Pencil sketch from LIFE Magazine photo source.

Pencil sketch from LIFE Magazine photo source.Ar


Albert Einstein once said, “Logic will get you from A to B.  But imagination will take you everywhere.”  I find that quote to be very representative of the way I approach a costume design or other costume technology projects.  I love doing historic research, and following all the rabbit holes that one can fall down when delving into a specific time period or location—specifically the techniques and materials used in constructing a garment instead of just focusing on its outward appearance.  The logical side of me is a huge stickler for historic accuracy in costuming.  However, the imaginative side knows when that can be fudged a bit.   I enjoy searching for that unique quirk or element of a period or piece, and building on that; melding time periods together; or merely tweaking certain aspects of a period-correct garment to be more pleasing to the modern eye.


My background in stage management has been a huge asset with how I collaborate with other artists on a project.  I have developed a vocabulary that spreads across design areas, and makes communicating back and forth with the director and design team a very fluid process.  As a designer, I am a very visual person.  I use collage boards—both digital and analog—to communicate initial ideas or moods with directors and fellow designers.  Working from my collected images, and additional input from the director, I will create and re-work multiple sketches until a design feels right for a character and the overall mood or concept of the production.  Even after a design has been approved, I feel it still has not been truly “finalized” until it has been on the actor.   Working with an actor in the fitting room is another combination of logic and creativity.  Creatively, is it a true fit for the character?  Logically, does it work for the actor, are they comfortable and able to move as required in it?  Affirmative answers are my goal: I want the actors to feel comfortable in their costumes, and for the costume to become part of them and their character.  If not, I want the actor to feel comfortable enough with me that they can voice their concerns, and we can work together as a team to find a solution that works well for them.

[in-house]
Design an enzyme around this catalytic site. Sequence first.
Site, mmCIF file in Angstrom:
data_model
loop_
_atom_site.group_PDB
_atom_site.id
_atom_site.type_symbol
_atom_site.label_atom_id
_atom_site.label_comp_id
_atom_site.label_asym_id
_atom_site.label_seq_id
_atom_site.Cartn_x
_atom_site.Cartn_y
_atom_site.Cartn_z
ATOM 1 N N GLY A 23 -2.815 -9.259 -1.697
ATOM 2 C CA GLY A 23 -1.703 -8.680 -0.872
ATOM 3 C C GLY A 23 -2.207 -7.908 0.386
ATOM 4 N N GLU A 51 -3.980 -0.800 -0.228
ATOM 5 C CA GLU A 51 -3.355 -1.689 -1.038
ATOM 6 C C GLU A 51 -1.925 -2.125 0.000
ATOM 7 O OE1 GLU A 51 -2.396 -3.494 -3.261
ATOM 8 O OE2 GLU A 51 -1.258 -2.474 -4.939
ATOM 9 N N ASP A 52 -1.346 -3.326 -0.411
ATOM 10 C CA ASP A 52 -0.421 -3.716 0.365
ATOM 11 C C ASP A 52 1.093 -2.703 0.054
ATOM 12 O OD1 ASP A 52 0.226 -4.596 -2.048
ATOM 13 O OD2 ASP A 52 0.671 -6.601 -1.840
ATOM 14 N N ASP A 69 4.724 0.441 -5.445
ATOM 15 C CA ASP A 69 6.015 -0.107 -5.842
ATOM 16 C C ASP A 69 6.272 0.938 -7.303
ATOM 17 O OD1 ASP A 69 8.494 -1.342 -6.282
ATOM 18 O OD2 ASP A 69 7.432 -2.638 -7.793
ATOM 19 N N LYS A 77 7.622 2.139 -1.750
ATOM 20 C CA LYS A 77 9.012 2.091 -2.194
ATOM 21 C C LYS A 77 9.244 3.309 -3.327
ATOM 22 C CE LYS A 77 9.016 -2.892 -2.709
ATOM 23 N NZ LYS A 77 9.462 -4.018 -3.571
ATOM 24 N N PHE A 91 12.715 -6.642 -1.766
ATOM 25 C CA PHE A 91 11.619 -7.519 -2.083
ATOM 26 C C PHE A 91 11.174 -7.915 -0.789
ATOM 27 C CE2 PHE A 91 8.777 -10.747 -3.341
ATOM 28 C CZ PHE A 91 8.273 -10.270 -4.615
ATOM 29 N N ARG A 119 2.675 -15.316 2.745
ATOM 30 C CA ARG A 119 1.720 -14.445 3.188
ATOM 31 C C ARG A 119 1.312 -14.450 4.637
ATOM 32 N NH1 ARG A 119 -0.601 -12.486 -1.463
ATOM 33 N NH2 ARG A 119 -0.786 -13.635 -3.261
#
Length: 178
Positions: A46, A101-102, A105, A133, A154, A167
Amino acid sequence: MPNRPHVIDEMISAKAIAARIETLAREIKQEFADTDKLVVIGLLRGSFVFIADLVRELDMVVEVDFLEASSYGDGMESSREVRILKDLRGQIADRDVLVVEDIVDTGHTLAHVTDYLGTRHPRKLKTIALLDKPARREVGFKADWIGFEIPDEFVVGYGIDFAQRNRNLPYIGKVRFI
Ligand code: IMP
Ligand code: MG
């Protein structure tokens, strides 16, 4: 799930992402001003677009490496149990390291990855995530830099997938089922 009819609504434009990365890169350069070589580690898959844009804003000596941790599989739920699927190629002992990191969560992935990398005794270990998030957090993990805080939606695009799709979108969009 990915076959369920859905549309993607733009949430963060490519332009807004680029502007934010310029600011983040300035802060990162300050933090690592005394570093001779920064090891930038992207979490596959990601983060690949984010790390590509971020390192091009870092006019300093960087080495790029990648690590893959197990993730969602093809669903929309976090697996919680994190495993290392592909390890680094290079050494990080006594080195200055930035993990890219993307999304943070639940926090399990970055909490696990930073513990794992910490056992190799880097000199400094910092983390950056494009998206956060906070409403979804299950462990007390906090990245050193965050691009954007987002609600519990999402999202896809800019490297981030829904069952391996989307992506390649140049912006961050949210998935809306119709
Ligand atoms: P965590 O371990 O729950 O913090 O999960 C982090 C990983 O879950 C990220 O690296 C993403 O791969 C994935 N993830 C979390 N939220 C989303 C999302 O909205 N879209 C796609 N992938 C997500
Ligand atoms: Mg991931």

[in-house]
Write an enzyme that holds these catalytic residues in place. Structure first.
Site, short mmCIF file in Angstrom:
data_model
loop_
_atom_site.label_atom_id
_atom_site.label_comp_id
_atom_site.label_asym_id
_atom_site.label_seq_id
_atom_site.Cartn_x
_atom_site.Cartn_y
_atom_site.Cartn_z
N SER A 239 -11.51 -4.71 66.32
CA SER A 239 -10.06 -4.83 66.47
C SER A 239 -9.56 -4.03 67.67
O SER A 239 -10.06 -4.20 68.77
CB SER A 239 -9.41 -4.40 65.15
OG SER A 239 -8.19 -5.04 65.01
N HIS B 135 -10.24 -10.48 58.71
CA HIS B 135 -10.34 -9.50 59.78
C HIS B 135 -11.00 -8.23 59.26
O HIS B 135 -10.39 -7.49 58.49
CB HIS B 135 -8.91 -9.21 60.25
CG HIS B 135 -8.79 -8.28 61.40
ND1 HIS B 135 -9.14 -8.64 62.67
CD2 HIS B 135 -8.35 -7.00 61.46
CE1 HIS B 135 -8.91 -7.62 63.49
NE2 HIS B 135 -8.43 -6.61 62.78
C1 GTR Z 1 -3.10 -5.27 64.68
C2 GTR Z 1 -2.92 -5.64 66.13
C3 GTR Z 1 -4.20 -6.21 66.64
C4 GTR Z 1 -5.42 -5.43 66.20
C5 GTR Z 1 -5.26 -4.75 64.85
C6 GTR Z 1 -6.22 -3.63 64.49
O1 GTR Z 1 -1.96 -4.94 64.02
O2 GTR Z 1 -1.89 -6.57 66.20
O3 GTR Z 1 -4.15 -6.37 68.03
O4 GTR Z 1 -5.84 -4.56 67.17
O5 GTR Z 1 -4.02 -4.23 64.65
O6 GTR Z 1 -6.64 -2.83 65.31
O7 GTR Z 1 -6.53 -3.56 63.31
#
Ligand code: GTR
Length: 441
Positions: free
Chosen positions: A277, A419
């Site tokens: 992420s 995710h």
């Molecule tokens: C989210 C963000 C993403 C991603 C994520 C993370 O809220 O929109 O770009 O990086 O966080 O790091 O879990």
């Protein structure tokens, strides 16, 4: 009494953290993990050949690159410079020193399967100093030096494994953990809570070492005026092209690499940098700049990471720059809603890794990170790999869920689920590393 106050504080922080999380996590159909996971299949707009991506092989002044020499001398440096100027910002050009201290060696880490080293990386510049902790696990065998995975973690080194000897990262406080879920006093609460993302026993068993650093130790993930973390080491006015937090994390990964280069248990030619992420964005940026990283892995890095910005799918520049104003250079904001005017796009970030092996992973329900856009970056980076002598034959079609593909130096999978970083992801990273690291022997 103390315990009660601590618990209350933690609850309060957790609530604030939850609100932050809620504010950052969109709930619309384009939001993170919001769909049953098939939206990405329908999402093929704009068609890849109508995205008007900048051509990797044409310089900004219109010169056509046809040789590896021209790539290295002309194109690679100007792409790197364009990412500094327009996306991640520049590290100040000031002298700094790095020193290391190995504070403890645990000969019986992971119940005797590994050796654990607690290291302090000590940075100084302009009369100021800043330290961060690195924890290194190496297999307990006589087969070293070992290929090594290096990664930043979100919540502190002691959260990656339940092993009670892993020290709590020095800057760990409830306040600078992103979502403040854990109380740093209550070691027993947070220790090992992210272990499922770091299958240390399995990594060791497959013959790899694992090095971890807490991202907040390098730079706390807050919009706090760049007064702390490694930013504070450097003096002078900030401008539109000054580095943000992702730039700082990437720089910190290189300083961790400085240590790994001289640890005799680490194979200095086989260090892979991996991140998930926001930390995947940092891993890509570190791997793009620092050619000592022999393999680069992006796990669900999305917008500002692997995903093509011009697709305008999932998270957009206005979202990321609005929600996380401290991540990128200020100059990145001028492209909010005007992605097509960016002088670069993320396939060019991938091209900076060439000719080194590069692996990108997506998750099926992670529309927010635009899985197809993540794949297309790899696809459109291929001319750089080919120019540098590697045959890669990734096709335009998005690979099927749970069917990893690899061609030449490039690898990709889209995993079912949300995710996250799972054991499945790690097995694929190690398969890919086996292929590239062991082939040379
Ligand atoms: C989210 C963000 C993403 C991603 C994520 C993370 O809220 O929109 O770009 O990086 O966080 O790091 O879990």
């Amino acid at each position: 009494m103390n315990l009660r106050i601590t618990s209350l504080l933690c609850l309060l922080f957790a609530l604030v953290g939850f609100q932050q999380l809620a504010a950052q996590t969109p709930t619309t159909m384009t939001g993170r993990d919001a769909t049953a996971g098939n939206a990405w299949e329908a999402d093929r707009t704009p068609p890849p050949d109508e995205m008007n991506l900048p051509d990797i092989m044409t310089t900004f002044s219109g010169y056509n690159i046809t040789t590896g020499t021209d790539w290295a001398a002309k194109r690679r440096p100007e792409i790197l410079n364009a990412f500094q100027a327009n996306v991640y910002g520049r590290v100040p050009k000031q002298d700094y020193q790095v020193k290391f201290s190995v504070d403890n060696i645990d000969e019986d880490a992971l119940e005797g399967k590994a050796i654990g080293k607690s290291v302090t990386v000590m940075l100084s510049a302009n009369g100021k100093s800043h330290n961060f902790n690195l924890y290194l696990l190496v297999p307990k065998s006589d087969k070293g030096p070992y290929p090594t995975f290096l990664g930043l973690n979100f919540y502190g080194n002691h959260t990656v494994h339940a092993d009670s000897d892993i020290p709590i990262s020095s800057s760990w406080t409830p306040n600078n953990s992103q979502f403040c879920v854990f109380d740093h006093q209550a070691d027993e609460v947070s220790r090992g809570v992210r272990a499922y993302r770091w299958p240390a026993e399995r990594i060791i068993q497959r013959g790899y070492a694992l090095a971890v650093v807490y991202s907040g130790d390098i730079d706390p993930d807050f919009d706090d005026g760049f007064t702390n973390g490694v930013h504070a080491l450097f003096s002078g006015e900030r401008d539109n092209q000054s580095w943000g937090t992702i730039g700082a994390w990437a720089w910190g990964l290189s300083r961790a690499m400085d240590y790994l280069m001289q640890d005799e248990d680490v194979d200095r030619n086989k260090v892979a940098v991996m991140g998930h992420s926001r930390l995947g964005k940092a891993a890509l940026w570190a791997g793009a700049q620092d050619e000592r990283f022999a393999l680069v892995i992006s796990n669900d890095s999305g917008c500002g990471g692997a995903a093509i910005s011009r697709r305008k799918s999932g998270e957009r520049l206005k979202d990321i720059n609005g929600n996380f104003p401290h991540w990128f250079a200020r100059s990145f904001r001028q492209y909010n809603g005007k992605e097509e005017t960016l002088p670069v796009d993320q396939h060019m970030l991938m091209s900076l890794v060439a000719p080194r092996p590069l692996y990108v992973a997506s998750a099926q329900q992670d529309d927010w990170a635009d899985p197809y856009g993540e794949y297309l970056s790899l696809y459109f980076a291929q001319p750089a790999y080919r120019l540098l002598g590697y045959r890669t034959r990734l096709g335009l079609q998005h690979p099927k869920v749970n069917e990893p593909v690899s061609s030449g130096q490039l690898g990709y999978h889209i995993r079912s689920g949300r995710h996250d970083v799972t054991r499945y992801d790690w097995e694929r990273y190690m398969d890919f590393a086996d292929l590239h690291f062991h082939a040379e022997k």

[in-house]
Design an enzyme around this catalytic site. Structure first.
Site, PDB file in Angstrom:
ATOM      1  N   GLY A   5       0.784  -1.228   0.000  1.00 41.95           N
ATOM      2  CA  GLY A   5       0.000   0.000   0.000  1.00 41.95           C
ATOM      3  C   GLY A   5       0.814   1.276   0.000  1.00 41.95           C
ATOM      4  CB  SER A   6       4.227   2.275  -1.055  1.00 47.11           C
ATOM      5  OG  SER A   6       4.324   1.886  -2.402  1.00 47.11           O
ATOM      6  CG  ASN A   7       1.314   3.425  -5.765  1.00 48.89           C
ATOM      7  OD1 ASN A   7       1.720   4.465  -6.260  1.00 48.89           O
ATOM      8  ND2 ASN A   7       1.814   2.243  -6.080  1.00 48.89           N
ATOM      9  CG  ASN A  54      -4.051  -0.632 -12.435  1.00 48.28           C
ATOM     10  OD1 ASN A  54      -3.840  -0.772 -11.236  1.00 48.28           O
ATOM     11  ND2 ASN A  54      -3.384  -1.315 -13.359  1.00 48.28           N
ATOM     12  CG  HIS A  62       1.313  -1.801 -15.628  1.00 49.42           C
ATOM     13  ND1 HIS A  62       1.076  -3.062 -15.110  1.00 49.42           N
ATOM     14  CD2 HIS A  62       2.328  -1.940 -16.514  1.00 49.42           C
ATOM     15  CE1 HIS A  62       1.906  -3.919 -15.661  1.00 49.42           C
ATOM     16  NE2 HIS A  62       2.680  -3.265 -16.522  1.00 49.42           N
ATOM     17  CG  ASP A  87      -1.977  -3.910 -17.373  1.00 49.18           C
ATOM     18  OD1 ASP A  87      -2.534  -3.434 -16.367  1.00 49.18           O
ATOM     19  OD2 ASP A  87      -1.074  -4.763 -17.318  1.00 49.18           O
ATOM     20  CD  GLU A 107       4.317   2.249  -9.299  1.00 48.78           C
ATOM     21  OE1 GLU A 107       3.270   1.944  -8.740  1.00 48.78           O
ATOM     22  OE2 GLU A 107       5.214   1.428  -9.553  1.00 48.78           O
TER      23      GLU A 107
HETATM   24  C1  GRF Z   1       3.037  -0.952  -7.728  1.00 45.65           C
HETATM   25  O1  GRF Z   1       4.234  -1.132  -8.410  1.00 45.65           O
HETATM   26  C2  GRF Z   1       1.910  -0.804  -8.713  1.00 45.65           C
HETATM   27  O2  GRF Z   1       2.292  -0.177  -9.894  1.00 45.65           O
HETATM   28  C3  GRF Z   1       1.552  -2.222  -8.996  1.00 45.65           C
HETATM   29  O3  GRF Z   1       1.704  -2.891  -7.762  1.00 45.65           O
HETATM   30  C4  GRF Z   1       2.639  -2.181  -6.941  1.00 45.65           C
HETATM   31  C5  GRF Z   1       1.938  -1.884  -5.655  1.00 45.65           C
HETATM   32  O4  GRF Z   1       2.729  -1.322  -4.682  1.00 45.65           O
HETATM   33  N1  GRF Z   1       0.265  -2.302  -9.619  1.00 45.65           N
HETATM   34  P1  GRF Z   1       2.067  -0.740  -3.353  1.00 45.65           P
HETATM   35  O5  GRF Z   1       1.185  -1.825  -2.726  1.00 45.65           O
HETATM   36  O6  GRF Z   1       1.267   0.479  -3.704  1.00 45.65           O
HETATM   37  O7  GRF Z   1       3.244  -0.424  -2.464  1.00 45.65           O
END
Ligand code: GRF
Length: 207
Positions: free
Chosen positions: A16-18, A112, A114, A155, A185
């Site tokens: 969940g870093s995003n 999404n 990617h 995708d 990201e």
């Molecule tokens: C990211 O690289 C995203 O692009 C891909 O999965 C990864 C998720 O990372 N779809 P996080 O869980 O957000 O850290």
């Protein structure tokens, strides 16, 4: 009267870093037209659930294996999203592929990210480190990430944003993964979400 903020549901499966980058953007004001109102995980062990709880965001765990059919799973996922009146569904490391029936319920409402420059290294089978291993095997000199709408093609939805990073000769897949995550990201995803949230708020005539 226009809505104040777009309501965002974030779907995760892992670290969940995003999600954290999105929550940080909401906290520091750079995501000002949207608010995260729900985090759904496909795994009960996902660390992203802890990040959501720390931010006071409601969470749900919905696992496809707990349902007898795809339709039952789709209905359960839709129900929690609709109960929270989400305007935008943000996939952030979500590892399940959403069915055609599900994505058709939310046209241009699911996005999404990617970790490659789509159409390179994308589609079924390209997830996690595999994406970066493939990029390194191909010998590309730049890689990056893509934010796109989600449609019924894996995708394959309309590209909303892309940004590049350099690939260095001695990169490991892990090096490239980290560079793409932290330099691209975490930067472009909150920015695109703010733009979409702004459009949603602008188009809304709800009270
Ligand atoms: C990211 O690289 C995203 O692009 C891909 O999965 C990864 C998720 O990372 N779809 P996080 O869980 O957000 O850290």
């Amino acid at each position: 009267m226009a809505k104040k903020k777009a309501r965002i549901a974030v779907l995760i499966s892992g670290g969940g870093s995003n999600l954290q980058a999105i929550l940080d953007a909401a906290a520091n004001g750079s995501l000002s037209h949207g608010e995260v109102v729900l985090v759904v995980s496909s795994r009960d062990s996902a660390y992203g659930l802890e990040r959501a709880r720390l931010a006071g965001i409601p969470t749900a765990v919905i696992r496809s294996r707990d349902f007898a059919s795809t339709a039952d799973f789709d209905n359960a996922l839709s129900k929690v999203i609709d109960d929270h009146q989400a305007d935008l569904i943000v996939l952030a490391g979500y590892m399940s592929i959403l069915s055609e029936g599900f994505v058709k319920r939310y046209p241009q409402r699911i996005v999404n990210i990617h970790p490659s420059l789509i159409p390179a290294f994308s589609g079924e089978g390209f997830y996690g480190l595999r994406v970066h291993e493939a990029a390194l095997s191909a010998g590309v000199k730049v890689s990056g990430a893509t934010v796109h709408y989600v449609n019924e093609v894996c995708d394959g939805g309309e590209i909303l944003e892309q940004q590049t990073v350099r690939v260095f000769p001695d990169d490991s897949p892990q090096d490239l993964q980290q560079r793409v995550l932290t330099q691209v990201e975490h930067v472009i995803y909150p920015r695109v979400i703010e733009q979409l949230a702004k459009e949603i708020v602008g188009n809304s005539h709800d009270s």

With a technology project, I enjoy the challenge of “piecing together the puzzle”: taking a designer’s rendering or sketch, and creating the end result using varying materials and techniques; and experimenting on what will be the best combination thereof along the way.  Creating a tailored coat is the perfect combination of my logical and creative minds: creating the pattern draft is extremely precise, but the coat truly comes to life with all the detailed hand-work required.  Dye work is where I have the most fun, however.  I view it as a brilliant way to meld science and art, two things I am hopelessly in love with: chemistry is colorful!  Much of my knowledge of dyeing and dye techniques is self-taught.  I have immersed myself in research, and when presented with a specific project, will dive in head-first into experimenting with the endless combinations of dyes, colors, and techniques.  Production deadlines, however, do keep me in check and have taught me to quickly identify the correct combinations for the task at hand with minimal time spent testing.